NEA Deputy Chairman scolds S’poreans for poor upbringing

Wanbao reported yesterday (4 May) that the Tray Return initiative started by the National Environment Agency (NEA) more than a year ago has not been well received by the public.

The initiative was “as an effort to help keep hawker centres clean and as an act of social graciousness towards cleaners and fellow patrons”.

A pilot scheme to promote automatic tray return was started by NEA in November 2012 at 9 hawker centres which later expanded to include other hawker centres.

Wanbao reported that patrons did not want to return the trays after eating for fear of jeopardizing cleaners’ jobs. The people in charge of the hawker centres in turn complained that more cleaners were actually needed after the launch of NEA’s initiative.

At present, the Tray Return initiative covers some 46 out of 107 hawker centres in Singapore.

A cleaning contractor at the Maxwell Road hawker centre complained that the initiative did not reduce the number of cleaners. In fact, he had to hire more cleaners to man the tray return facilities set up at the hawker centre.

The cleaners also complained that in addition to manning the tray return facilities, they also had to clean the tables as usual and collect the trays and plates.

NEA said that the return rate is about 50% to 70% but food courts have observed that the return rate is actually much lower.

Despite the setback, NEA is determined to extend the initiative to the rest of the hawker centres. It will announce more details later.

With regard to the poor return rate, NEA Deputy Chairman Liak Teng Lit did not hide his disappointment.

He told Wanbao, “It’s an excuse for patrons to say they don’t want to jeopardize cleaners’ jobs. We are dealing with a manpower shortage problem. Nothing to do with jeopardizing cleaners’ jobs.”

In response to some patrons saying they did not want to dirty their hands, Mr Liak said, “If you all eat properly and not eat until a mess, how will you dirty your hands (for returning trays)? It’s problem of upbringing. Everyone should depend on oneself (to return trays). Don’t depend on others. Everyone should really reflect on this.”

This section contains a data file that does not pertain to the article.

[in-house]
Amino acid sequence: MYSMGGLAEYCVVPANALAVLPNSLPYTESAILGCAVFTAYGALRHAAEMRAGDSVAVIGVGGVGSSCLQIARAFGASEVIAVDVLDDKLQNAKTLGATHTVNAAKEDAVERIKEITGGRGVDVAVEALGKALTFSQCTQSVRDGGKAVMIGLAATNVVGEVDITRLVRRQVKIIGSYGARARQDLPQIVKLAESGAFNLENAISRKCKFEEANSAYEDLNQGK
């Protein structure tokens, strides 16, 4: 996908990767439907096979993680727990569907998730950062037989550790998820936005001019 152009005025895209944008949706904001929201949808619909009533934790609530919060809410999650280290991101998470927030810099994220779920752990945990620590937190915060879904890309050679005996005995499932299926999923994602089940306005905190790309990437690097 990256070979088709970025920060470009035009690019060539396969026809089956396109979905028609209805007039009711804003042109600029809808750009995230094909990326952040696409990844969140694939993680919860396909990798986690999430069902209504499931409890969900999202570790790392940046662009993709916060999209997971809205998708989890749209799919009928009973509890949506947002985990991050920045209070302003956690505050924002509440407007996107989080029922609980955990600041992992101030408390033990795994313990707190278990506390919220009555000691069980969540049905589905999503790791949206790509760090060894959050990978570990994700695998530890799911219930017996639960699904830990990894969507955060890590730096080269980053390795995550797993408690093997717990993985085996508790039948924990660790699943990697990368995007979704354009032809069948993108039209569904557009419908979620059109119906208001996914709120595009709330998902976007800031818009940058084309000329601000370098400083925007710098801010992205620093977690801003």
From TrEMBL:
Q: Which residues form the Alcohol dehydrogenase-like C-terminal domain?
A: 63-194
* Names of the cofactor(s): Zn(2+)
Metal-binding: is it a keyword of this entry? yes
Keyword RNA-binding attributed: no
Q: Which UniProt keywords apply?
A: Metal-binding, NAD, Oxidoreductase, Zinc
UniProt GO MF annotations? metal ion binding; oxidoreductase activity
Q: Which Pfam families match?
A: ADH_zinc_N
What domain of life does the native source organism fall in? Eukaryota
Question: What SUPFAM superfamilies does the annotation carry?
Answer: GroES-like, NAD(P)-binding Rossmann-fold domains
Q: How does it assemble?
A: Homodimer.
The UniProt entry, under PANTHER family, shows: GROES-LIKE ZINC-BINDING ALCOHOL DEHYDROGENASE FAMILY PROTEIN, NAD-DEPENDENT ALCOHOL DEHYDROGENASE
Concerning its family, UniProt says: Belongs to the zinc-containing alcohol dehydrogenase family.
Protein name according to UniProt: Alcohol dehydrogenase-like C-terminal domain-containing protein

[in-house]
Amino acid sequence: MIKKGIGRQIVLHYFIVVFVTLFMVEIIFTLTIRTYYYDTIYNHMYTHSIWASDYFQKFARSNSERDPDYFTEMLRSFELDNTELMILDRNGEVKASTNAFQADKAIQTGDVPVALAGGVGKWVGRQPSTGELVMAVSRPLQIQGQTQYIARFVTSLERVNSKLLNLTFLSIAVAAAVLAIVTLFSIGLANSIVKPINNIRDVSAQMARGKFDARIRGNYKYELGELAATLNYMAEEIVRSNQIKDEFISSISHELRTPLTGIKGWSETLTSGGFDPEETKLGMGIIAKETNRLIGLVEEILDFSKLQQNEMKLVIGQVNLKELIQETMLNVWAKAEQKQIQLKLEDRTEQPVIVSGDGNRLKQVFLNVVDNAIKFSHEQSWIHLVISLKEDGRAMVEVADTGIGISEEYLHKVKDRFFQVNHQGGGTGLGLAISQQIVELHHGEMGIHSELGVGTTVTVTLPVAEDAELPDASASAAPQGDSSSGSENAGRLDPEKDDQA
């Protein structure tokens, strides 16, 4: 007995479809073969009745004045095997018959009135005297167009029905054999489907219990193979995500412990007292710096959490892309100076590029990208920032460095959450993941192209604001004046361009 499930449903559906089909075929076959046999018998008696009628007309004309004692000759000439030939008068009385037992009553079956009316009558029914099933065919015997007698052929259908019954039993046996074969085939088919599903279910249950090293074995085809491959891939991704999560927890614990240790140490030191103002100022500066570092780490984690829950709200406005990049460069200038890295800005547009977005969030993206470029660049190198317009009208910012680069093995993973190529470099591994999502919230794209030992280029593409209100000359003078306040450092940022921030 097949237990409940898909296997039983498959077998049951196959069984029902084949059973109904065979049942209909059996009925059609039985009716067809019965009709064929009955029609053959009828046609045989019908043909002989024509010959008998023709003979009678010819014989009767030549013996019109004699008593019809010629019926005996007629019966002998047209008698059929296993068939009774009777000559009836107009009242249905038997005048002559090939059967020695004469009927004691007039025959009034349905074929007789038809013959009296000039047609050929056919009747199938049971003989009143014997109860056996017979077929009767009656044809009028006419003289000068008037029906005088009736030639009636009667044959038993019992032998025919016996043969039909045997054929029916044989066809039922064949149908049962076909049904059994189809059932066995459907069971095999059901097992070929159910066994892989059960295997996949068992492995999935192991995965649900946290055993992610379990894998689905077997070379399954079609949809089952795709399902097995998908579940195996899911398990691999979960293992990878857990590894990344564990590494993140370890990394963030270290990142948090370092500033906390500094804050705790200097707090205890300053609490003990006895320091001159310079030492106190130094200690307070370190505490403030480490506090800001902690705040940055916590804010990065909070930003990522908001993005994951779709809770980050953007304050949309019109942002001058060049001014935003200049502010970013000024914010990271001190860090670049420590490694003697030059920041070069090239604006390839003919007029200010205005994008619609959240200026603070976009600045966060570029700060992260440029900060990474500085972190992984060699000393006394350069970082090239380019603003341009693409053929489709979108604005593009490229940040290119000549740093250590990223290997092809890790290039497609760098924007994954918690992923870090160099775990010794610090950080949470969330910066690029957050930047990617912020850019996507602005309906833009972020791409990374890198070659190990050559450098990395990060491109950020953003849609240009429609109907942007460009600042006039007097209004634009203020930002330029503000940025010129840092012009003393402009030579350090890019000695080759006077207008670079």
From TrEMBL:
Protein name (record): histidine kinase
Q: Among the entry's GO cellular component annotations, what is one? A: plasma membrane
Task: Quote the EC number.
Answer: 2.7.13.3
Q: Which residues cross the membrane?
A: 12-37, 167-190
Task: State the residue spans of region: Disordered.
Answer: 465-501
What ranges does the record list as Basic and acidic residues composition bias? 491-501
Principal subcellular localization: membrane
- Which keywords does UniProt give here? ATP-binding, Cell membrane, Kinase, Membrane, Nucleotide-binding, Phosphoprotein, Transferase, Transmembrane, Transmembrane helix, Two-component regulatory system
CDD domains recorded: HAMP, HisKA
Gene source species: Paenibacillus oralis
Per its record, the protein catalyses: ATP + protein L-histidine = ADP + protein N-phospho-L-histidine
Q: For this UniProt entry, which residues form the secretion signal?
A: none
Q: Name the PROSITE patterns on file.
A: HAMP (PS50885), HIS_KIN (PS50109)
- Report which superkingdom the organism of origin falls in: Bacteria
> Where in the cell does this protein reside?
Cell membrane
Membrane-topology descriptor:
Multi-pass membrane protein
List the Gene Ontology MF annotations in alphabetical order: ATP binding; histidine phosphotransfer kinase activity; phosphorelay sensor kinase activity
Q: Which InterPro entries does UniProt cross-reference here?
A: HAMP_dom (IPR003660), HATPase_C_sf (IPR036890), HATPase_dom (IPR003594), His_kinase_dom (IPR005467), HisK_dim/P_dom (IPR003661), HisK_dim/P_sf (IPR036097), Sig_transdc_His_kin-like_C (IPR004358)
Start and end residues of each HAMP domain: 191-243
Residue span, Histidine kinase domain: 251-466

This is not the first time Mr Liak is scolding Singaporeans for their poor eating habits.

Last year, in an interview with the Straits Times (ST), he said that diners who rely on cleaners include Singaporean families with domestic help and those who eat out.

“In hawker centres we eat like pigs, with food and tissue all over the tables. It’s a disgrace. We don’t eat like that at home,” he chided.

Mr Liak also frowns on subsidising healthcare. In an interview with ST on 20 July 2012 (‘Why the dung beetle is his hero ‘), it was reported:

He (Liak) frowns upon how subsidies have inflated the demand for health care and led to shortages: ‘The truth is when we go for a buffet, almost all of us eat a little bit more than we normally do. If you subsidise something, at the margin, there will always be more demand.’

Subsidised wards are so cheap, some children may prefer their elderly parents to stay a day or two longer. But if every patient delays discharge by just half a day, Singapore will need to build another Singapore General Hospital that costs $2 billion, and about half a billion a year in subsidies, to run. The demand for subsidies is a ‘bottomless pit’, he warns. ‘If you’re going to subsidise my petrol, I won’t drive the Toyota Prius, I will drive the Lexus 460.

‘Follow the British National Health Service? That may mean that the Government has to increase the goods and services tax to, say, 20 per cent to cover the cost of these additional beds,’ he says, adding that Singapore’s 3M framework – Medisave, MediShield and Medifund – is sound.

As diseases are increasingly diagnosed at the molecular level with more expensive drugs, costs will shoot through the roof. His fear for Singaporeans today is that they clamour for their rights but disown their responsibilities. ‘In cyberspace, there are howling monkeys who scream, shout and demoralise others.

‘My worry is that everybody is screaming about his rights as a citizen to get subsidies, but he doesn’t feel he has a responsibility to contribute or pay his taxes. They have the right to treatment but don’t have a responsibility to take care of their health,’ he says.

In that interview, he also told the ST reporter that his hero is the dung beetle:

He (Liak) says straight-faced that his hero is the dung beetle, which feeds on faeces. ‘They walk the ground, burrow underground, clean up the environment, recycle nutrients and improve soil aeration. Most of all, they solve problems others leave behind.’

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